BEVERLY — State Treasurer Steven Grossman said yesterday that he will work with the city on its plan to build a new middle school, but he fell short of committing state money to the project.
“I’m going to be taking a particular interest in this project,” Grossman told city and school officials during a tour of Briscoe Middle School. “We will look at every option.”
Grossman visited Briscoe at the invitation of Mayor Bill Scanlon and School Committee President Maria Decker, who are in the process of writing a second “statement of interest” to the Massachusetts School Building Authority, which Grossman chairs.
The city is in competition with hundreds of other communities who annually seek state money for school building projects. Beverly applied last year but was told by the Building Authority to reapply this year.
Officials are hoping to build a new middle school to replace Briscoe, a nearly century-old building they say is too old and crowded to meet the modern-day needs of students.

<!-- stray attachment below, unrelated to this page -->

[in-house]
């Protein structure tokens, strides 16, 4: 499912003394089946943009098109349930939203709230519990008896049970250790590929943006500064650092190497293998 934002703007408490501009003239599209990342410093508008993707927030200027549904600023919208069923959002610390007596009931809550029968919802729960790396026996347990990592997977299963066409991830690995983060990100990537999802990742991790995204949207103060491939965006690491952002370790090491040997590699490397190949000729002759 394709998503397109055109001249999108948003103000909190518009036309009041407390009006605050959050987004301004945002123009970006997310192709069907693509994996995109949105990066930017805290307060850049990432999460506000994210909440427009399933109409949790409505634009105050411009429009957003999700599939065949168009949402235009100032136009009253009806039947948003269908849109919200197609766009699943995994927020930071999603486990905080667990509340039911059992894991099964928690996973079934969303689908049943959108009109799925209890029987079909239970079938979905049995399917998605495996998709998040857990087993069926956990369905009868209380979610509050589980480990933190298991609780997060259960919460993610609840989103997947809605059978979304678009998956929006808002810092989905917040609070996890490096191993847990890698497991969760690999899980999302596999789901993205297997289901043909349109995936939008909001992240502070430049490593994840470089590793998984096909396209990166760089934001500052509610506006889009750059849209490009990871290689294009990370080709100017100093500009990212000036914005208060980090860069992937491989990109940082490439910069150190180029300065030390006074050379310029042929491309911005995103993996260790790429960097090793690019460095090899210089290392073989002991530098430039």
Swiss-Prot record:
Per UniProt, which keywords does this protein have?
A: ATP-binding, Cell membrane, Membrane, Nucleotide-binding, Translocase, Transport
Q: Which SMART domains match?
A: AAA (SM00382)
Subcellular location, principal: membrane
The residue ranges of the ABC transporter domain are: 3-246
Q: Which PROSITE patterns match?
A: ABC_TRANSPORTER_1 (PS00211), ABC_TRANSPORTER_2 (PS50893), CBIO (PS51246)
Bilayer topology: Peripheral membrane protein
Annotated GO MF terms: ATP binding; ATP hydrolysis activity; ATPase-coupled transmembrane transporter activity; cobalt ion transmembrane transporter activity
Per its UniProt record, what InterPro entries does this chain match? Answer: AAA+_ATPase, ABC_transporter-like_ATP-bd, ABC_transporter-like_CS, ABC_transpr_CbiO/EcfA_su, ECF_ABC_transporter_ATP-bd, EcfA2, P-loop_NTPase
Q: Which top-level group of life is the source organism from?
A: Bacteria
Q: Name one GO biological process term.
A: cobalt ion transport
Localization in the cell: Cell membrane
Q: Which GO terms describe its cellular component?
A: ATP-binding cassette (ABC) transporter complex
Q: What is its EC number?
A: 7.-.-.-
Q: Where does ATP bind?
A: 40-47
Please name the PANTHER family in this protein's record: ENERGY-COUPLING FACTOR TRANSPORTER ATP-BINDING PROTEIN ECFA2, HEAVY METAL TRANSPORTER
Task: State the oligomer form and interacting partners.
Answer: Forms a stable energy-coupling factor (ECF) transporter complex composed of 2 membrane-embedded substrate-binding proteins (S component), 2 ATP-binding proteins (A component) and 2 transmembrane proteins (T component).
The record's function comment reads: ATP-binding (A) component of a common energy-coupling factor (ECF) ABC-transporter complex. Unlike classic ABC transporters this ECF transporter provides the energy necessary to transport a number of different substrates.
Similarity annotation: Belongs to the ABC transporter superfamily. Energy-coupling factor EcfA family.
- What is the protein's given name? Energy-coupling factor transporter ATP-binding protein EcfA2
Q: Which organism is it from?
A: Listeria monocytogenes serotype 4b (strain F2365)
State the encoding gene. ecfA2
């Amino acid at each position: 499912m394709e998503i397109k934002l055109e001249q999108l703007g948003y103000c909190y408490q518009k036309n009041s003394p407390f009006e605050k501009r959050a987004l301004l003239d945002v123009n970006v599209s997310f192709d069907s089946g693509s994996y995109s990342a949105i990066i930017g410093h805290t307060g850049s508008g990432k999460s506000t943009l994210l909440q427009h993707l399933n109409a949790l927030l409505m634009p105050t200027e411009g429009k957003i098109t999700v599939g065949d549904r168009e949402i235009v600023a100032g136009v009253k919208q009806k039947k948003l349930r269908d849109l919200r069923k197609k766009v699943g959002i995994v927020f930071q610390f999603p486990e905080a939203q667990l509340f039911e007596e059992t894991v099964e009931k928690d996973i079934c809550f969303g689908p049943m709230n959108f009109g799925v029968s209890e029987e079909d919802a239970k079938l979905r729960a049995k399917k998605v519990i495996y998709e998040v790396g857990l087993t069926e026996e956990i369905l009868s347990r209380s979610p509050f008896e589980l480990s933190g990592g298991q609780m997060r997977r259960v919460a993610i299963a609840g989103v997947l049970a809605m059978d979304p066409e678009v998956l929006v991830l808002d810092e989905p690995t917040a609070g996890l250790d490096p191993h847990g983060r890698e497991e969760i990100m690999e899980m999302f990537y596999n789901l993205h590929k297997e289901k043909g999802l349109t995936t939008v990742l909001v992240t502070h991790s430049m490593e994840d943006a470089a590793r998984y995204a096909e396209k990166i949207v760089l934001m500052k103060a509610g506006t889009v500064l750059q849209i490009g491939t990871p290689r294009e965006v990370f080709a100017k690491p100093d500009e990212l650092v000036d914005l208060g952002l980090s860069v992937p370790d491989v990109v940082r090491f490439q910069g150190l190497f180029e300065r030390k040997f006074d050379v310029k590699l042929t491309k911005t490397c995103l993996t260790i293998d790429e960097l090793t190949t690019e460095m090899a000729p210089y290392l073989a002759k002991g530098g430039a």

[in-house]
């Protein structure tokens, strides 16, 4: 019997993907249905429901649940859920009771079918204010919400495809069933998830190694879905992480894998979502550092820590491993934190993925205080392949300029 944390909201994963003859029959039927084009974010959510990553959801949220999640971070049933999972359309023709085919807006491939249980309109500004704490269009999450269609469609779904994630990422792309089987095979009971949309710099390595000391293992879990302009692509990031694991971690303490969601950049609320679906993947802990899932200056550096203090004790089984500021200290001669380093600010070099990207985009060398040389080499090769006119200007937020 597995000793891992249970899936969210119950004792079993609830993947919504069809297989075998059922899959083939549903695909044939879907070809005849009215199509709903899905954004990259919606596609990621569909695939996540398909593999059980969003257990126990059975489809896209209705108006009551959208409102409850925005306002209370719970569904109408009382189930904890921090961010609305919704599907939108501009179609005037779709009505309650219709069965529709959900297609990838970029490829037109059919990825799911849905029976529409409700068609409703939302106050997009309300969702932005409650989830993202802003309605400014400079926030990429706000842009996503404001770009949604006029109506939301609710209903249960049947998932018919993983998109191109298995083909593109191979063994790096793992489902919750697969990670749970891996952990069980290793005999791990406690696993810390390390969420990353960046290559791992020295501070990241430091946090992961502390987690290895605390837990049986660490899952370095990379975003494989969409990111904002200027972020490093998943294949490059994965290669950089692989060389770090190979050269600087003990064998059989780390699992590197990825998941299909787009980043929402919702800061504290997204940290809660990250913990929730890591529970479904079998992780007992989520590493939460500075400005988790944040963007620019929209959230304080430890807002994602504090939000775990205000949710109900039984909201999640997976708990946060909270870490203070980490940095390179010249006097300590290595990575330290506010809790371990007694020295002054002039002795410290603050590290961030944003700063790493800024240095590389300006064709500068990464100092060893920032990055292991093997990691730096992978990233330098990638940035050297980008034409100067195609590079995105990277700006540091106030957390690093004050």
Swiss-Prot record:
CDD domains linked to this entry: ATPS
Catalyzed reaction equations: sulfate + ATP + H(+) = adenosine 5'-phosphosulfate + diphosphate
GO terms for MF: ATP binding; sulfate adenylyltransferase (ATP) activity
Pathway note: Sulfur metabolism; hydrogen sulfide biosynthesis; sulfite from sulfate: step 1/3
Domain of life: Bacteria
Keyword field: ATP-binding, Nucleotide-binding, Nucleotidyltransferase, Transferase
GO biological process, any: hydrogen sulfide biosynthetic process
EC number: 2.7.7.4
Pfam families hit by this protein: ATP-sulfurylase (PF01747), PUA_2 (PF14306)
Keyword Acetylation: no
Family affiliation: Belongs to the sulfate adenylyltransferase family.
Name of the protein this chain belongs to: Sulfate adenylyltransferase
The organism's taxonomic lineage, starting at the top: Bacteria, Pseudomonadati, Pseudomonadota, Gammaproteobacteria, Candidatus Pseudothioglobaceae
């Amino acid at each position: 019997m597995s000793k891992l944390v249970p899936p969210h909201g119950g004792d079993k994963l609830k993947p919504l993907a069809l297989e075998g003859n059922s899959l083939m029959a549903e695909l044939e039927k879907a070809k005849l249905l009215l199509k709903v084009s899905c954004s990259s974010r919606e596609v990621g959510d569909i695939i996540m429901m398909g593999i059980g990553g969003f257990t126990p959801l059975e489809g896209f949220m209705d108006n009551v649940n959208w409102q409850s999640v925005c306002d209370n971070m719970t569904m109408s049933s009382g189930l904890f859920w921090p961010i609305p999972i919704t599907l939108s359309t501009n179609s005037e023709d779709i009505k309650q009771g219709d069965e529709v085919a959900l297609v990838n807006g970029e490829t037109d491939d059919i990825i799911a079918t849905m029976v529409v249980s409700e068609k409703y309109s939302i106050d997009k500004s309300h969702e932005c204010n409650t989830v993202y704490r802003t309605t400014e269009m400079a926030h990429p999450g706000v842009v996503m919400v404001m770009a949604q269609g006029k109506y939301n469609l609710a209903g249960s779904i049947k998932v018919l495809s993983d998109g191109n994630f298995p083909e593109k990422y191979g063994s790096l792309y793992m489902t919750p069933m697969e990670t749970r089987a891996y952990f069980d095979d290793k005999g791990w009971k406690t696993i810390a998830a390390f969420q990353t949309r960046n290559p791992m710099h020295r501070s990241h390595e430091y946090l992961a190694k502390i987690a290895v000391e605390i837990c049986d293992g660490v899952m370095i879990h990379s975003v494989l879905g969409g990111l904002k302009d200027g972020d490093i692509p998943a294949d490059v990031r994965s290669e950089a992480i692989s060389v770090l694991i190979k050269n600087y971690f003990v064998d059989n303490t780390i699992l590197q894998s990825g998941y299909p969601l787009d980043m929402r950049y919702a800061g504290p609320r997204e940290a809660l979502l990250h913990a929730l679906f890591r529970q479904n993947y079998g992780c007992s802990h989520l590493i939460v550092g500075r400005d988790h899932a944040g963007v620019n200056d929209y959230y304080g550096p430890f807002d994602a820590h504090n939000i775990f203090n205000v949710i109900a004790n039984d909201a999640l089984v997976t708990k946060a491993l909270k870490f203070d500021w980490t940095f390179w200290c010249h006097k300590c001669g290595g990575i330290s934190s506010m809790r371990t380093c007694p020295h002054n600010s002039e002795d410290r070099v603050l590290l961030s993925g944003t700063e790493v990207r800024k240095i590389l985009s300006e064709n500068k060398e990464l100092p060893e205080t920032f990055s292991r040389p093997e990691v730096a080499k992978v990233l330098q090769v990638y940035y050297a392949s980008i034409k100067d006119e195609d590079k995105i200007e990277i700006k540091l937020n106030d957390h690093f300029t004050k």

The new school would be built at the site of the former Memorial Middle School, which the city closed in 2005 to save money, and would cost an estimated $40 million.
Assistant Principal Terry Conant led a tour of the school for Grossman, Scanlon, Decker, state Rep. Jerry Parisella and Superintendent Marie Galinski. The three-story building was built in 1923 as the city’s high school. It now houses 925 sixth-, seventh- and eighth-graders.
Conant took Grossman to the basement, where a former print shop is now a computer lab. Conant said he used to teach in the room and would have to pull the computers away from the leaking windows during heavy rain or ice-melting.
In the gymnasium, a divider cuts the space in half to accommodate a fitness room. Conant said the half-gym sometimes has to fit up to 30 students.